There are an infinite number of reasons why a divorce can be difficult but the division of assets and property are certainly up there at the top for being the most stressful. The battle over who gets what when a married couple is no longer together is one that unfortunately many people have to have, but none may be bigger than who is the one to get the house. It would seem as though both parties might do anything to be the victor in this situation but that still leaves a very big question, are there any disadvantages to keeping the house after the divorce?
Home is Where the Heart is
Whether it is just the married couple or if a family is involved, the house that they live in certainly carries significant weight in the relationship. Whether it is the personal belongings inside, the work that went into it to make it their home, or even the memories, both good and bad, that were made inside, the simple truth is only one of the two former spouses will get the house after the divorce. Regardless of the reason, the fight to get the house will always be a giant one. Even if a person does not necessarily want to keep the house, the motivation to keep it away from the other party just to spite them is a very real emotion in divorce. These kinds of motivations, however, may not always lead to smartest decisions being made by either one of them.
What May Seem to Be the Main “Prize” Can Also Be a Big Headache
The simple truth is that being the one who keeps the house also means being the one that has to take all the responsibilities that come with it. Handling all the responsibilities that come with a house can be difficult enough when shared by two people, let alone when only one person has to absorb them. Of course, it can make sense to want to keep the house especially if children are involved, however tasks such as making mortgage payments on time and other upkeep such as the yard maintenance cannot fall by the waste side.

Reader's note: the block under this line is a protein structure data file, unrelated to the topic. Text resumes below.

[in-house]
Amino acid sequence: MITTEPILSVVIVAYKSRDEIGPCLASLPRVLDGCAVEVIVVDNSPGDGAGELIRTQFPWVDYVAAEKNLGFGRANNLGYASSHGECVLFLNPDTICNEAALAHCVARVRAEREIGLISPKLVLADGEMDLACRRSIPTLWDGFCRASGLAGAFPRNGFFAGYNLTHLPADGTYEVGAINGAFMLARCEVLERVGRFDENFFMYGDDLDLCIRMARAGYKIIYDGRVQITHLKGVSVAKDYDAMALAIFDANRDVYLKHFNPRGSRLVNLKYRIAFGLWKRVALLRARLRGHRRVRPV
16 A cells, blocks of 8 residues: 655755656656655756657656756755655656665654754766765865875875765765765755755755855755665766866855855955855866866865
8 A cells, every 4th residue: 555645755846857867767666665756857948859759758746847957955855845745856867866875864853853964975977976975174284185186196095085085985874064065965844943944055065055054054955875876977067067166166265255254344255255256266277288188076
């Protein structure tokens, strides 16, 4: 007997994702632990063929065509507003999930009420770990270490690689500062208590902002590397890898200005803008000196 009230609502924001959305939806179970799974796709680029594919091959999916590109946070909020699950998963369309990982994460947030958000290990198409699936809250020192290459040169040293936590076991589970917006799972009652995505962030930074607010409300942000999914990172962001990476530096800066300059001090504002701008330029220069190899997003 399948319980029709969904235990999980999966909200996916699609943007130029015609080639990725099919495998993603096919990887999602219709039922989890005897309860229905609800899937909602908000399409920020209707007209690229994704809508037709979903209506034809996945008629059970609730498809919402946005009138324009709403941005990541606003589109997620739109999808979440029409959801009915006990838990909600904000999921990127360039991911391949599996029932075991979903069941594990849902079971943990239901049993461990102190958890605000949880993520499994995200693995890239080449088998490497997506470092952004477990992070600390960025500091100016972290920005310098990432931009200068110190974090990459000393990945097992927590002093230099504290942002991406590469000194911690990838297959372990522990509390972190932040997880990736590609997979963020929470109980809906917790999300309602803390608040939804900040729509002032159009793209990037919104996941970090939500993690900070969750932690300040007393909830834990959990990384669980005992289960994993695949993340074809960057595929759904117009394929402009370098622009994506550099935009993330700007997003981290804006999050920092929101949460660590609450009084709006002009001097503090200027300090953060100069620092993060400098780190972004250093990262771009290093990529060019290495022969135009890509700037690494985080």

In addition, those late night plumbing mishaps will now be your sole responsibility, as well as replacing the water heater when it breaks and repairing the washer and dryer when they stop working. Even in a situation where the former spouse still lives in a part of the home, they may be under no obligation to help out with these sorts of things or be financially responsible for helping offset the cost. These are just some examples of the kind of details that one must think about before deciding that becoming the sole owner of the house is the best situation.
Do Not Make These Types of Decisions on Your Own; Schedule a Consultation with One of Our Attorneys
It is not always easy to think clearly when going through a stressful process like a divorce and there are several issues that may not even occur to you that are extremely important to be aware of. This is why you need a qualified attorney who will help you make the right choices and stand up for you in court.
The articles on this blog are for informative purposes only and are no substitute for legal advice or an attorney-client relationship. If you are seeking legal advice, please contact our law firm directly.